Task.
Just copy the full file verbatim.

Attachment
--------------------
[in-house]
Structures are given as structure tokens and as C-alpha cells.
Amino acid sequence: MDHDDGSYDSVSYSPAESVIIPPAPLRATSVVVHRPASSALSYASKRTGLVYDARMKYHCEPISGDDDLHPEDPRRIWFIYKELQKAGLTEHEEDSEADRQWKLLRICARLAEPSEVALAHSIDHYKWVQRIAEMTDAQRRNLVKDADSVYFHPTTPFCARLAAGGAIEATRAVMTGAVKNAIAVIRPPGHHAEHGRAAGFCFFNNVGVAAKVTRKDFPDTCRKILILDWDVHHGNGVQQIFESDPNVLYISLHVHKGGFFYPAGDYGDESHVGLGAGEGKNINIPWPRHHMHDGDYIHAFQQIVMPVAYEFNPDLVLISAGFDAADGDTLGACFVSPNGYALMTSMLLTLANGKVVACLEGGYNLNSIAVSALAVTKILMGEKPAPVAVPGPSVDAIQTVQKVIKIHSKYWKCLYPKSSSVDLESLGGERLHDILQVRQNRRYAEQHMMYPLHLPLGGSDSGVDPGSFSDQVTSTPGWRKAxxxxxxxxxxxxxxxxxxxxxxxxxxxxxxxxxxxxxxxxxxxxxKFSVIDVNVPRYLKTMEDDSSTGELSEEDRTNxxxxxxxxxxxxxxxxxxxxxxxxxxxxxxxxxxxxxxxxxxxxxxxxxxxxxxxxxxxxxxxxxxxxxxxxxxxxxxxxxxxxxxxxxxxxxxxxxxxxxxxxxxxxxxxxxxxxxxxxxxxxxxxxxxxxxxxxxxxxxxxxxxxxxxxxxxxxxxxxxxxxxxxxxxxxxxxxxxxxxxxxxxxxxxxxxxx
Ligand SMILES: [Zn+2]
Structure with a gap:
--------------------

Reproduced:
[in-house]
Structures are given as structure tokens and as C-alpha cells.
Amino acid sequence: MDHDDGSYDSVSYSPAESVIIPPAPLRATSVVVHRPASSALSYASKRTGLVYDARMKYHCEPISGDDDLHPEDPRRIWFIYKELQKAGLTEHEEDSEADRQWKLLRICARLAEPSEVALAHSIDHYKWVQRIAEMTDAQRRNLVKDADSVYFHPTTPFCARLAAGGAIEATRAVMTGAVKNAIAVIRPPGHHAEHGRAAGFCFFNNVGVAAKVTRKDFPDTCRKILILDWDVHHGNGVQQIFESDPNVLYISLHVHKGGFFYPAGDYGDESHVGLGAGEGKNINIPWPRHHMHDGDYIHAFQQIVMPVAYEFNPDLVLISAGFDAADGDTLGACFVSPNGYALMTSMLLTLANGKVVACLEGGYNLNSIAVSALAVTKILMGEKPAPVAVPGPSVDAIQTVQKVIKIHSKYWKCLYPKSSSVDLESLGGERLHDILQVRQNRRYAEQHMMYPLHLPLGGSDSGVDPGSFSDQVTSTPGWRKAxxxxxxxxxxxxxxxxxxxxxxxxxxxxxxxxxxxxxxxxxxxxxKFSVIDVNVPRYLKTMEDDSSTGELSEEDRTNxxxxxxxxxxxxxxxxxxxxxxxxxxxxxxxxxxxxxxxxxxxxxxxxxxxxxxxxxxxxxxxxxxxxxxxxxxxxxxxxxxxxxxxxxxxxxxxxxxxxxxxxxxxxxxxxxxxxxxxxxxxxxxxxxxxxxxxxxxxxxxxxxxxxxxxxxxxxxxxxxxxxxxxxxxxxxxxxxxxxxxxxxxxxxxxxxxx
Ligand SMILES: [Zn+2]
Structure with a gap: